thumbnailFigure 1. Entity-Relationship diagram of MODB. The organization of data contained within MODB is centered on the unique morpholino sequence. Tables pertaining to the morpholino-specific information are located in the upper left corner (solid box). The tables in the lower left corner establish the relations between laboratories, users and security level designation (dashed line box). The tables on the right half of the diagram represent the tests and test components such as anatomical structure, screen and defect observed (unboxed area).

NCBI BLAST 2.2.13 [25] is invoked by PHP through system calls in the sequence search functions. The MODB BLAST target database is updated automatically when a new morpholino sequence is entered into the database. The ZFIN anatomy ontology [26] was downloaded (release date 08/16/2007) from the ZFIN web site in the OBO format [26] and transferred into the database. An anatomy browser was written in PHP and incorporated in MODB.

Content

The unique identifier in MODB is the sequence of each morpholino. Many morpholino targets in our screens are derived from transcriptome sequence data from The Institute for Genomic Research (TIGR) [27] and GenBank [28] that are subject to change as new sequence data becomes available. For every unique morpholino entered into the database, there is an accompanying set of tables devoted to information pertaining to that morpholino such as name, designator, laboratory created in, contact person, target name, target sequence, gene targeted, reference images and number of tests created (Figure 2). This concise format allows key information regarding the morpholino to be viewed at once.

thumbnailFigure 2. Morpholino-specific information. Information such as morpholino name and sequence, in laboratory morpholino designator (box number), creating laboratory, initiating user and any reference images associated with the morpholino are displayed on the initial morpholino page for each morpholino.

Early in 2007, MODB contained over 700 unique morpholino sequences generated from several screens, individual projects and control morpholinos. The first generation Secretome Screen [9] is the largest overall contributor of morpholino sequences. From 150 candidate genes sequences, 209 morpholinos were designed. Each morpholino was subjected to a variety of morphological and molecular assays to determine the effect of down-regulating a particular gene product during the first 5-days of zebrafish development [9]. This Secretome Screen identified 26/150 gene targets that produced reproducible effects on specific aspects of early development in early morphology and a variety of organ systems including visual, renal, cardiovascular, cranio-facial, hematopoiesis, and pigment. The more focused Hematopoietic Stem Cells Screen identified 16/64 targets as being necessary for proper blood development [8]. The bulk of the data entered into MODB (124/150 target gene morpholinos in the Secretome Screen and 48/64 in the Hematopoietic Stem Cell Screen) consists of morpholinos that had no observed developmentally specific effect in our screening tests, caused toxic effects such as a high amount of cell death and/or mortality, or produced pleiotropic effects we could not decipher. This information is of use to the scientific community for optimizing morpholino design and learning dosage data and overall effect of previously designed and tested morpholinos.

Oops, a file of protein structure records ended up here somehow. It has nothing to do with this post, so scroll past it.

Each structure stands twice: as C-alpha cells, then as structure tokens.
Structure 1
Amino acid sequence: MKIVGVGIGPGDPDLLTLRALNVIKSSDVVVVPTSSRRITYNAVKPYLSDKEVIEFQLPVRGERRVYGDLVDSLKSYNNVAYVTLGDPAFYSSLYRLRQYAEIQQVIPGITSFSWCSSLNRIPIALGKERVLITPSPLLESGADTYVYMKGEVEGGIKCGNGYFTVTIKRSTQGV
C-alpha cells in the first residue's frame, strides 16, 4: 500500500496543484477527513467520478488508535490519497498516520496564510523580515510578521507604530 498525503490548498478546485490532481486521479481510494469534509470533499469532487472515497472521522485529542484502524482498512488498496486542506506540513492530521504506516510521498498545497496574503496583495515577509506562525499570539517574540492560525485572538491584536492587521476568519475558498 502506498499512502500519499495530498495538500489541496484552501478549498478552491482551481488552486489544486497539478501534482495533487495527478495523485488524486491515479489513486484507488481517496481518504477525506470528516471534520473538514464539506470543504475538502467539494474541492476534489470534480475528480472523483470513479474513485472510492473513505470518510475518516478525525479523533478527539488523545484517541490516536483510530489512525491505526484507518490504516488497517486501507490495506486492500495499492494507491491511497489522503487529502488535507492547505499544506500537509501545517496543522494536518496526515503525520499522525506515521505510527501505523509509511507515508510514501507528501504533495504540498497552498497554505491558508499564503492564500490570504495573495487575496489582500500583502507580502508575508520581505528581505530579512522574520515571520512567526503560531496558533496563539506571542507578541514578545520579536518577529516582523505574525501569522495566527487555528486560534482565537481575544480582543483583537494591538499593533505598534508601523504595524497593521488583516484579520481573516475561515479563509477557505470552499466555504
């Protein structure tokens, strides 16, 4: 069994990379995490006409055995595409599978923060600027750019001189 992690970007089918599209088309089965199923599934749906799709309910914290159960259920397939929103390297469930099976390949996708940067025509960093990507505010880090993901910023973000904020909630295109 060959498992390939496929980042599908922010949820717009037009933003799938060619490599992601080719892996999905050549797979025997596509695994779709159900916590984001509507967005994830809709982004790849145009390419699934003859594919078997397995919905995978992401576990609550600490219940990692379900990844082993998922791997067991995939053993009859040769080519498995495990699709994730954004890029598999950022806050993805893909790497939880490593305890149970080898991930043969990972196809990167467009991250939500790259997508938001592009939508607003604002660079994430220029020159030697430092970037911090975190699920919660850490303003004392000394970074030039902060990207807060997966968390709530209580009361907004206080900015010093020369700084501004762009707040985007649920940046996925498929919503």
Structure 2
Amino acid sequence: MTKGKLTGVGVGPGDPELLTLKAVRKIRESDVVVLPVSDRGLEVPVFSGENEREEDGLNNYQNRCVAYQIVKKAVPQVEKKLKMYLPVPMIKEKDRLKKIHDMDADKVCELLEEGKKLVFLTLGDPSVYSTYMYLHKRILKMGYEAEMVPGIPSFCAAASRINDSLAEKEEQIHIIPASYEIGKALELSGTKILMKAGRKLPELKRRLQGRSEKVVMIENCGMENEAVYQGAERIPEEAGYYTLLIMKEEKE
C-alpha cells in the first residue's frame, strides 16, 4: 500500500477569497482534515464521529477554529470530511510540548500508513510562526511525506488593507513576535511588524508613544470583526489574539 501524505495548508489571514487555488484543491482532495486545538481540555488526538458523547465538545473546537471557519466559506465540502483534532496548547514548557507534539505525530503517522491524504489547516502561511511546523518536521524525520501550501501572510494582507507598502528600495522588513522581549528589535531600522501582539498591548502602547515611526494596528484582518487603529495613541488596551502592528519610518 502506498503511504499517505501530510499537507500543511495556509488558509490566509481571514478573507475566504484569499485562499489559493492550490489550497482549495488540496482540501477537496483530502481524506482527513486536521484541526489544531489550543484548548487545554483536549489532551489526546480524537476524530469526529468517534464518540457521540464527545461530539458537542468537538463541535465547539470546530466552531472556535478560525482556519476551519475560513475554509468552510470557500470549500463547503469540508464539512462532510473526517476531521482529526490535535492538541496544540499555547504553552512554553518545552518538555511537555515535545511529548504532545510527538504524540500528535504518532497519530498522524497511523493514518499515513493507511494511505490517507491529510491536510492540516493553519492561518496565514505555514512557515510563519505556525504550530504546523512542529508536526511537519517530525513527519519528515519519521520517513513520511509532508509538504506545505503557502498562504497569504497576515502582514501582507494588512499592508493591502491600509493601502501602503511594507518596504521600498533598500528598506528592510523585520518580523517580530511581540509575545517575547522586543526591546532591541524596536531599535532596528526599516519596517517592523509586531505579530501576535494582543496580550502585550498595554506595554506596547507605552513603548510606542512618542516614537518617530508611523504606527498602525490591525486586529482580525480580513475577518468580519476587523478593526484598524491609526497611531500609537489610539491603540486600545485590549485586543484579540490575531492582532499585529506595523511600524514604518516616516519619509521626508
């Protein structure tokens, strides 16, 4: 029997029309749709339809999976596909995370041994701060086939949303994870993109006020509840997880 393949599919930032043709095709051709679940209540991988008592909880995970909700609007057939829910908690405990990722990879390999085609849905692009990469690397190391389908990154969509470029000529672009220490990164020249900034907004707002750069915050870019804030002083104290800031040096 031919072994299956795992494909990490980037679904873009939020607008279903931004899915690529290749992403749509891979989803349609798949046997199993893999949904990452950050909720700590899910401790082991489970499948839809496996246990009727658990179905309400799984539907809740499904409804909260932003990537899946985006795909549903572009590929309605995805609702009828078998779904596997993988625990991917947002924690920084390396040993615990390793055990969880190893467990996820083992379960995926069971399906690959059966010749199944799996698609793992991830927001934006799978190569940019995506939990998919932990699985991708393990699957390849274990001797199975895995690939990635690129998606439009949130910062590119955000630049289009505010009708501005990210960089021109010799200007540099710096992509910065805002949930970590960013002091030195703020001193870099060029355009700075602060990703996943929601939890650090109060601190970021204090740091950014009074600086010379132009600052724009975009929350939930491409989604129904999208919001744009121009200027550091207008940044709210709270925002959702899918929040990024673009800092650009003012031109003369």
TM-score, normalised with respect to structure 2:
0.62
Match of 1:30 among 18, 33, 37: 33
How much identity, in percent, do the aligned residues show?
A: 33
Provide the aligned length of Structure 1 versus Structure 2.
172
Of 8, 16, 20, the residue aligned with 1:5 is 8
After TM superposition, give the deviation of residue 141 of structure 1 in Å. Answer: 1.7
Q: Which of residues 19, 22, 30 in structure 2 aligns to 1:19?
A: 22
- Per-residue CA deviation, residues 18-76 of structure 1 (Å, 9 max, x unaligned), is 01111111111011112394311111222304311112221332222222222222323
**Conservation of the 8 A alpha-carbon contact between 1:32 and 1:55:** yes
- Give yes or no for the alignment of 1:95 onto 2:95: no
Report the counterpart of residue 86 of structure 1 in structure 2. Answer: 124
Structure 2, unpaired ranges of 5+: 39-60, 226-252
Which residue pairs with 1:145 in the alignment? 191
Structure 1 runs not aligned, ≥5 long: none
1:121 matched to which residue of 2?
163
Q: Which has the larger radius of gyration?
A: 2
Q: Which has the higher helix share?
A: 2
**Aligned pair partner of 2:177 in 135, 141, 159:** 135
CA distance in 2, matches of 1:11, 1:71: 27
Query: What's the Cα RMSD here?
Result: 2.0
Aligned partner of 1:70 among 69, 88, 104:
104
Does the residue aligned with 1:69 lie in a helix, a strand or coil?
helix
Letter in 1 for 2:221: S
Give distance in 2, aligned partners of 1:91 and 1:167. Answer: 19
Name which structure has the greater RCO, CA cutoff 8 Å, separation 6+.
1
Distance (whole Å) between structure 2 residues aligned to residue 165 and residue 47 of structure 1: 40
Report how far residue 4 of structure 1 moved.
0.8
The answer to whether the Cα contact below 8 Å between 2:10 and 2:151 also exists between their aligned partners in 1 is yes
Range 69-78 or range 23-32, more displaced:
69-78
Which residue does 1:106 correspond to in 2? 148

Since MODB is a living database, new data is regularly being submitted. In the coming year another 50 to 150 morpholinos will be added to the database for the continuing Hematopoietic Stem Cell and secretome screens. To allow the release of data in defined formats and quality, MODB has three data sharing quality control levels. Users are capable of accessing and modifying data related to their designated morpholinos. To facilitate collaborative efforts, a shared designation has been developed to allow members of consortium laboratories to access data related to morpholinos designed by any user within the laboratories that are connected by a relationship within MODB. The third designation ('public') allows morpholino data to be used to generate the summary reports available to the open scientific community via the MODB website. Nearly all morpholinos (779/784) in MODB, with the exception of non-zebrafish morpholinos, are designated as public in MODBv1.

Utility

Data Entry